1,001 Movies – Week 7

“Amadeus” to “An American in Paris”



Amadeus (1984) – Handsome, lavish and lyrical biopic about the life of Mozart by Milos Forman. F Murray Abraham won the Oscar but Tom Hulce steals the show. Deeply moving, though occasionally a bit schmaltzy. (KT)


Amazing Grace (2006) – Films like this are hardly ever made anymore, much less successful. It requires patience, perseverance, and respect, but it will reward you with its grace. Consider the film a gift and pray it inspires other true-stories. The disgusting trade industry was a commercial industry, whose economy nations could not afford to lose in the 17th Century. This pretty, historically accurate costume drama is a little hard to follow, but only at first. Be patient. It is quite British and takes place over almost thirty years. That is how long it took William Wilburforce to carry through his undaunted, overwhelming pledge to abolish slavery. The politics, hypocrisy, horror, and beauty are moving. It’s a big screen film with big ideals that enthrall the viewer. And the irrepressible Albert Finney is mesmerizing! (KWR)


American Graffiti (1973) – “Where were you in ’62?” Me, I was dirtying a lot of cloth…but this was set in that year, just another night in a small town. Incredible star-making performances from the young the cast (and a cameo by Wolfman Jack!), with an incredible eye for period detail that extended beyond the awesome cars. The wonderful in-joke of having a THX-138 license plate that was the correct color (the California black plates you still see today weren’t issued until 1963) to represent George Lucas’ earlier film THX-1138 was a personal fave. A recent rewatching of this film only reinforced to me what many of today’s films lack – a script and depth of character. Even the shallow ones. (SB)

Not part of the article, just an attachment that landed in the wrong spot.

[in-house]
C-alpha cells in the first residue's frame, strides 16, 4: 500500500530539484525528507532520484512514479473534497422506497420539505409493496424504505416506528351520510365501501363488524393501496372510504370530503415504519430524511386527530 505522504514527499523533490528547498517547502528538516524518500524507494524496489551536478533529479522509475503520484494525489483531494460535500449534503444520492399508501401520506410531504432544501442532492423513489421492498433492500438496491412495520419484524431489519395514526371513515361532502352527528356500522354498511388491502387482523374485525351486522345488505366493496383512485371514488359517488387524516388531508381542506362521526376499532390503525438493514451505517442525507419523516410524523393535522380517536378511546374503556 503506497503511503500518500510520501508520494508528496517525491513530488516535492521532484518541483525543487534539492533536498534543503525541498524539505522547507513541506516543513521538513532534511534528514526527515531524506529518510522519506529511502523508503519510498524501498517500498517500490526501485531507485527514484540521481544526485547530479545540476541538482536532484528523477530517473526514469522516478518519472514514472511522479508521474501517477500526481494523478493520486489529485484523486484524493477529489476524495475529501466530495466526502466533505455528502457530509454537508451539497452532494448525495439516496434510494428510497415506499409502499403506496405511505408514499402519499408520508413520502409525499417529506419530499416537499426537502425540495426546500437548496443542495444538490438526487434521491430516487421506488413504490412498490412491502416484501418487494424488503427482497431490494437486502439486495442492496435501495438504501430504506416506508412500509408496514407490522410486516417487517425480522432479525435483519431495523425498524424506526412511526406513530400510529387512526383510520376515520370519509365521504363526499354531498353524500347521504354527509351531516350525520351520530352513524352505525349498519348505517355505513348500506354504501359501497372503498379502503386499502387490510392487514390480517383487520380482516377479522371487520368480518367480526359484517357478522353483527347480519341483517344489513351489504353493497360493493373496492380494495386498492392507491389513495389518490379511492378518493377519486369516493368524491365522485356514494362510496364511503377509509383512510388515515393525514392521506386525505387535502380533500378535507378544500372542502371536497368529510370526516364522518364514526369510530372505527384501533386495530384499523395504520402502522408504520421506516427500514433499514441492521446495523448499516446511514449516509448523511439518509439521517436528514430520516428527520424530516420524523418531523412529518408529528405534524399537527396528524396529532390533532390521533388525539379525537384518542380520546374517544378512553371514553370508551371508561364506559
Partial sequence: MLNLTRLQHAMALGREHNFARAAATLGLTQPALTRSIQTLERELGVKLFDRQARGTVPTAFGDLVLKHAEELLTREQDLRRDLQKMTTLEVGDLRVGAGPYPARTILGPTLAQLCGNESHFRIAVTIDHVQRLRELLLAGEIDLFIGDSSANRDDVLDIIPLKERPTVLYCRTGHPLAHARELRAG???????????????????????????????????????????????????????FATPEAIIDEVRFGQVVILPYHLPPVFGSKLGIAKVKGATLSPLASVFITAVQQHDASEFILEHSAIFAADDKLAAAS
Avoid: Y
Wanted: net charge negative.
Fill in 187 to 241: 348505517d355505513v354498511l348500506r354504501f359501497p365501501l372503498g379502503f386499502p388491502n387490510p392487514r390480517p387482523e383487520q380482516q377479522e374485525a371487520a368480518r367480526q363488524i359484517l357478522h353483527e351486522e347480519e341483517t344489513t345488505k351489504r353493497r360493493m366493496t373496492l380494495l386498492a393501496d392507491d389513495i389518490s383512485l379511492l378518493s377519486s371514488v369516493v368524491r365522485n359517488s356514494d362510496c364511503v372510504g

American History X (1998) – An astonishing study of the stupidity of racism, gang violence, and all like that. Amazing performances from all, but Edward Norton is especially good. Pity the director had such a cow about it – I’d really like to know what his intention was with this film, because Norton made it powerful. (KCL)


An American in Paris (1951) – Visually stunning musical and winner of seven Oscars, with timeless Gershwin tunes, Gene Kelly in top form, the film debut of Leslie Caron, and charming co-star Oscar Levant. (GS)


Originally published in Raspberry World – Volume 2, Issue 1 (June/July 2007)

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